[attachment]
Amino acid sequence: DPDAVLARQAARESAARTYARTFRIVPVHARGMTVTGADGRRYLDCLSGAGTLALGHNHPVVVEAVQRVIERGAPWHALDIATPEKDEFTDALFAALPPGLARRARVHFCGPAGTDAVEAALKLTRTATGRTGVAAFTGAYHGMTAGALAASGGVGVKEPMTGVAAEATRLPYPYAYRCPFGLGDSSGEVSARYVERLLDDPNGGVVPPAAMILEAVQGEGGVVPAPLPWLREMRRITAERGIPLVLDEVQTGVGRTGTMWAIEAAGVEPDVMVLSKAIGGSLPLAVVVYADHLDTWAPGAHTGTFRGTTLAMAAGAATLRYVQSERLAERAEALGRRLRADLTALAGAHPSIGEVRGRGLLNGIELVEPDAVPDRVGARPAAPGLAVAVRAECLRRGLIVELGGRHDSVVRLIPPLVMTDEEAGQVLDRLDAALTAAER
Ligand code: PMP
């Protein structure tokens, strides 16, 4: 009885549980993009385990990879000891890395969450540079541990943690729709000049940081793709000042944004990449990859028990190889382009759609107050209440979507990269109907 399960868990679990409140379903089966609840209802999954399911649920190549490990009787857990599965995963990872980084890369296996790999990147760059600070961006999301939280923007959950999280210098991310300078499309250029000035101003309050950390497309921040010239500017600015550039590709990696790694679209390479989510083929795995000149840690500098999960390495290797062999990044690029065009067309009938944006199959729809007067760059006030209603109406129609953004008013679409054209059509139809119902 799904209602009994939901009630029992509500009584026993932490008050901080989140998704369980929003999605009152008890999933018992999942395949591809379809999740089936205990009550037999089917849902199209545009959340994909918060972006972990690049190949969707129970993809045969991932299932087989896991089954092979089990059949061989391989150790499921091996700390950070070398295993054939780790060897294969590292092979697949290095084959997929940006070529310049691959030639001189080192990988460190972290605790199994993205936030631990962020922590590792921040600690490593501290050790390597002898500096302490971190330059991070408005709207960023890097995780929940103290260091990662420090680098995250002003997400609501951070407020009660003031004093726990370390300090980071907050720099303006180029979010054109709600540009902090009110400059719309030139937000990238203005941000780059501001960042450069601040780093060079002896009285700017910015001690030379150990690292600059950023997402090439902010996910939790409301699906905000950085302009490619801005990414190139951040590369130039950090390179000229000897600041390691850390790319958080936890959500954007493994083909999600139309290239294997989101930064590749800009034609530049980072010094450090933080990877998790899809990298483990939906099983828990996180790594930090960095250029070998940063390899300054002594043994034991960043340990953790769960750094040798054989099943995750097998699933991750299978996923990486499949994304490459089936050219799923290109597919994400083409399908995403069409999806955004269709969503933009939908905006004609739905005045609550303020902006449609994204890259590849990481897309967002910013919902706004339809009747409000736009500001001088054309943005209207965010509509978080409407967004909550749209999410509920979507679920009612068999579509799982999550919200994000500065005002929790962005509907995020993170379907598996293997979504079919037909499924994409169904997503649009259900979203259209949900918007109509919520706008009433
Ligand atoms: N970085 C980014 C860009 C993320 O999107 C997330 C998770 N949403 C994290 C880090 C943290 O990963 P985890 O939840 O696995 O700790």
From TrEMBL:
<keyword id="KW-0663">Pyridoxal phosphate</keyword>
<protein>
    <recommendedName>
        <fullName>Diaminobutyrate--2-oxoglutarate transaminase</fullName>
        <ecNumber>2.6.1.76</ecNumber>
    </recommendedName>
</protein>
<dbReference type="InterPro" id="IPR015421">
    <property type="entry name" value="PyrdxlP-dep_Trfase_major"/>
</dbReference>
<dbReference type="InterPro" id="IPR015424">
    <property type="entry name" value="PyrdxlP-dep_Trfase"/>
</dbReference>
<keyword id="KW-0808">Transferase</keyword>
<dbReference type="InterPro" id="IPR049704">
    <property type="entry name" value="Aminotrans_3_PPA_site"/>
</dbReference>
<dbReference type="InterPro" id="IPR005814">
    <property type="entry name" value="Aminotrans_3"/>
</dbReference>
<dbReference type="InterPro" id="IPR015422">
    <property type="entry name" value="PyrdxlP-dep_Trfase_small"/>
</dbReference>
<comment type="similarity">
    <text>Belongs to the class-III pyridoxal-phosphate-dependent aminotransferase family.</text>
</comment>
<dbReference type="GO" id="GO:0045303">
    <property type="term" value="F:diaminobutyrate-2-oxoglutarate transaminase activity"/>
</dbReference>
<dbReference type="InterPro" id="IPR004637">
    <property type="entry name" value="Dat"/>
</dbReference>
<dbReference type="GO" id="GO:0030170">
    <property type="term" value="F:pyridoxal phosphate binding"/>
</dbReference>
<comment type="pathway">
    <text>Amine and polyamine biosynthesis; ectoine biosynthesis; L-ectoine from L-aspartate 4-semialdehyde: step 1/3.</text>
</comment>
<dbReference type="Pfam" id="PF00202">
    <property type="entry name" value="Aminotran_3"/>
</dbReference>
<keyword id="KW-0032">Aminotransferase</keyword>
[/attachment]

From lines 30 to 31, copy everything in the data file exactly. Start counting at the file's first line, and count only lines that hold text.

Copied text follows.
    <text>Belongs to the class-III pyridoxal-phosphate-dependent aminotransferase family.</text>
</comment>